Nadiya Hussain's New Netflix Show Celebrates the Joy of Baking

“The idea that we can spend time creating, baking, flavoring, and decorating with an edible result that we can share is pretty special.”

netflix nadiya hussain time to eat bake
Courtesy of Netflix
Courtesy of Netflix

Nadiya Hussain is back in the kitchen and celebrating the very thing that kicked off her culinary career: baking. Since winning the sixth season of The Great British Bake-Off in 2015, Hussain has authored cookbooks, hosted television series’, written a children’s book, and continues to celebrate her affinity for flavors. Her vivacious personality and grin is back in Nadiya Bakes

Nadiya’s cooking philosophy, which is a connecting thread in all of the episodes of her first Netflix series—Nadiya’s Time to Eat—is steeped in efficiency. She strives to minimize her time spent in the kitchen to maximize time with her family. Since the emergence of the Covid-19 pandemic, however, time has slowed down. Cooking in the kitchen, something that was once a terror for many, is now a place of solitude and reprieve. First time bakers have tried their hand at banana breads and sour dough loaves—including us

We caught up with Nadiya to discuss how she’s staying grounded at home, quarantine hobbies, and her go-to meal in lockdown. 

Thrillist: Nadiya’s Time to Eat was about efficiency, maximizing our time by taking shortcuts when it comes to cooking. How is Nadiya Bakes different?
Nadiya Hussain: There are great recipes in both, but they vary in terms of difficulty and skill level. Nadiya Bakes is my first baking book, which makes it extra special, but still in keeping with the way I like to spend time in the kitchen: saving time where I can [by] using shortcuts but mostly enjoying every single thing I bake.

Baking is so special, especially after the time we have had over the year. [It] can be all about luxuriating and enjoyment but can also be quick and frugal—but baking is one of the few things that bring us ultimate joy! The idea that we can spend time creating, baking, flavoring, and decorating with an edible result that we can share is pretty special.

Do you prefer baking or cooking?
It's hard to pick. Baking and cooking give me two pleasures that are entirely different. I love being in the kitchen, no matter what I am making. Cooking for my family is one of my greatest pleasures, even though I do it every single day. [For] baking, the measuring, the intricacies, the aroma in the kitchen, the patience of waiting for it to cool, decorating, and sharing—that's what I love about baking. I couldn't possibly pick a favorite.

Since quarantine began, have you found yourself spending more time in the kitchen tackling more challenging bakes?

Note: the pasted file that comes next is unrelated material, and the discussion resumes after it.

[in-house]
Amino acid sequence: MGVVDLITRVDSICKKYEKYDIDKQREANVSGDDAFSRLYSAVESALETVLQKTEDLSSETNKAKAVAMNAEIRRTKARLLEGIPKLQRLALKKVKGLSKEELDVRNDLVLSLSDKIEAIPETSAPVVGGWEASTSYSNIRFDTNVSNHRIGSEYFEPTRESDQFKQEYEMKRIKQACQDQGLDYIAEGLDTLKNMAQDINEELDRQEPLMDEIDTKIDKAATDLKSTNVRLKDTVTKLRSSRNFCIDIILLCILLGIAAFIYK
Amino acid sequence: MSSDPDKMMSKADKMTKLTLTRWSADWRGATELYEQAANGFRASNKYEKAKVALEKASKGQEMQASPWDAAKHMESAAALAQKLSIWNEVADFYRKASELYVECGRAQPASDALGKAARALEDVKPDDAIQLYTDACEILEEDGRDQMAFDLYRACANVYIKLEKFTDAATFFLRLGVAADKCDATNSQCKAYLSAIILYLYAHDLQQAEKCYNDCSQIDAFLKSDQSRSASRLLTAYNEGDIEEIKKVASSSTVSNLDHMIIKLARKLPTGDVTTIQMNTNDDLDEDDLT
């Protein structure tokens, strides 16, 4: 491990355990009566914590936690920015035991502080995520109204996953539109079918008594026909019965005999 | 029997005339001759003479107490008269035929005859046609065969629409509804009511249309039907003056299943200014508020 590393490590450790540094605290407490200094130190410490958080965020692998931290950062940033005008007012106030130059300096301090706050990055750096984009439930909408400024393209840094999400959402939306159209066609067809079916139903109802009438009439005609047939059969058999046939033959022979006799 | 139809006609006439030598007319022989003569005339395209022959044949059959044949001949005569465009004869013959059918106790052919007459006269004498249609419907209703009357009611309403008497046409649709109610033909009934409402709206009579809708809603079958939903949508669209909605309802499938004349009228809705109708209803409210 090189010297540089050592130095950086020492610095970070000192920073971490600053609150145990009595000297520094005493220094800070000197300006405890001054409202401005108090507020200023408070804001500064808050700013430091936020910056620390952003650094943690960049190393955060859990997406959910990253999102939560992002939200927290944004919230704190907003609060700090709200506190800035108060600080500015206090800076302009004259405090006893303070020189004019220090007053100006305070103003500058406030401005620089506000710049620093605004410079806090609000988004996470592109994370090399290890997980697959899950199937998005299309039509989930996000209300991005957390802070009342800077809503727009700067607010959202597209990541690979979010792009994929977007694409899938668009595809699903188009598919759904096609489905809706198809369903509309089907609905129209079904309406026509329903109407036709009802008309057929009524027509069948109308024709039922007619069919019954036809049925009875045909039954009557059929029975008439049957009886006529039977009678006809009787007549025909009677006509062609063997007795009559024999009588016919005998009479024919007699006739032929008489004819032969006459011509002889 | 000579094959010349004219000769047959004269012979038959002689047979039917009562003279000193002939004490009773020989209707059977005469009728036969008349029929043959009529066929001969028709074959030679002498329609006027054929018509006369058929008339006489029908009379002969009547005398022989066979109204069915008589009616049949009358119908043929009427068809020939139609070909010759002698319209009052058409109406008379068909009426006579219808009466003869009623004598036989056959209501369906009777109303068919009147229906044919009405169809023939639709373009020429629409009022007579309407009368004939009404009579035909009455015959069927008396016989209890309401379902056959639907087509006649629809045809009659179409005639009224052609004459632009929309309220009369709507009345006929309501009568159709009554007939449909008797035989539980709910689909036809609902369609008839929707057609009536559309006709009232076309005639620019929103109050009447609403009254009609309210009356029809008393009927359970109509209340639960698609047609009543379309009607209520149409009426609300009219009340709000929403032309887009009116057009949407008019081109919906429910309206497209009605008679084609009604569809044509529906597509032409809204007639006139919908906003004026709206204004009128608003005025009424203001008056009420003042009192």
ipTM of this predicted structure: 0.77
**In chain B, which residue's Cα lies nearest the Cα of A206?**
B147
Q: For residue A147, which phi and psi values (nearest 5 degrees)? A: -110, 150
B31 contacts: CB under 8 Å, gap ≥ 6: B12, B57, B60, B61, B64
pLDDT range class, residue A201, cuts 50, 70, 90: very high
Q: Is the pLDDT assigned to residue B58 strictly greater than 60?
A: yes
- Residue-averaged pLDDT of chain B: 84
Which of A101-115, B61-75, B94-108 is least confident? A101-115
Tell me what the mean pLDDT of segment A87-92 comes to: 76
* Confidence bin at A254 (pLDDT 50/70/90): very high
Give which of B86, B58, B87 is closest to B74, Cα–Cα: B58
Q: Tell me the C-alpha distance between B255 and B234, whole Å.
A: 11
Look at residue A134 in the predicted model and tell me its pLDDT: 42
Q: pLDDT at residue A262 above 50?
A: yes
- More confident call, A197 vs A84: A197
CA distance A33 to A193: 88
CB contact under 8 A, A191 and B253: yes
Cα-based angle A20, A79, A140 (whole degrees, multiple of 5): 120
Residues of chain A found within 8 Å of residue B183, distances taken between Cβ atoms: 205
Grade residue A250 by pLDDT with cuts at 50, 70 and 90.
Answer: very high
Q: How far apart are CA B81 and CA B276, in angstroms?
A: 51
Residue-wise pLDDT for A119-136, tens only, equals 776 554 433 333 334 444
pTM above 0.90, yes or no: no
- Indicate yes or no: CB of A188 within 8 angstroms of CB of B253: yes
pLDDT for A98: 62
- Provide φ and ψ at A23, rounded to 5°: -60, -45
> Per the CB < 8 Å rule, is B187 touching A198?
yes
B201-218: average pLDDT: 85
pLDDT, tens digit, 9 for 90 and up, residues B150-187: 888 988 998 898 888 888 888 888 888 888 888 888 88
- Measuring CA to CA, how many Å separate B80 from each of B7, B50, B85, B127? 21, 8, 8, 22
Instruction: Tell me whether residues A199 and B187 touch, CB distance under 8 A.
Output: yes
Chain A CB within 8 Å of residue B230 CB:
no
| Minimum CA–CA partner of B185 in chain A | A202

During the pandemic we have had to establish some boundaries, but it seems to work really well. I am really hopeful that a book like Time to Eat has helped people to really utilize the kitchen as a space for being creative but also a space where you can be frugal and save time [while] still cooking delicious food.

What have you been doing in quarantine to feel grounded?
We have been doing lots of walking to get some fresh air. I have learnt to knit and knitted a few scarves. I'm trying my hand at embroidery. Doing these simple tasks, that I haven't been able to do before the pandemic, makes me feel more like myself in many ways. It has allowed me to be creative outside of baking. But being at home so much and having to do much more housework than usual, cleaning toilets, and dusting is one way to feel grounded—feet firmly on the ground!

Do you have a go-to recipe that has been prominent and handy for you during this time?
Leftover soup has been great. I try not to throw anything away and with scraps I make a great big hearty soup for everyone at the end of the week. It has taken a long time for me to convince my children that soup is yummy, but stick a cheese toastie by the side of the bowl and you will be surprised how much they will enjoy any soup! It's made out of peelings that would otherwise be composted or thrown away. So carrot, potato, parsnip, broccoli stem, cauliflower leaves [are] all cooked up into a thick soup. 

What do you hope people take away from Nadiya Bakes?
I hope people are inspired by the bakes, whether they are a novice in the kitchen or uber confident. I hope they enjoy the show and feel compelled to get into the kitchen. I hope it creates a spark in them and allows them to bake, create, and hopefully share the joy of baking.

What are your aspirations for the future once the pandemic is under control?
I really miss travelling. I feel so excited about the series and book having travelled overseas. I would love to travel with them and meet people who are watching the series and baking from the book. I can only hope and pray we get out of this and look back at this life experience, a shared experience worldwide, and learn from it in a big way. Every experience after this will feel special for a long time. For now I'm hopeful that I can hold my family and take a cake along with me.

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Kat Thompson is a staff writer at Thrillist. Follow her on Twitter @katthompsonn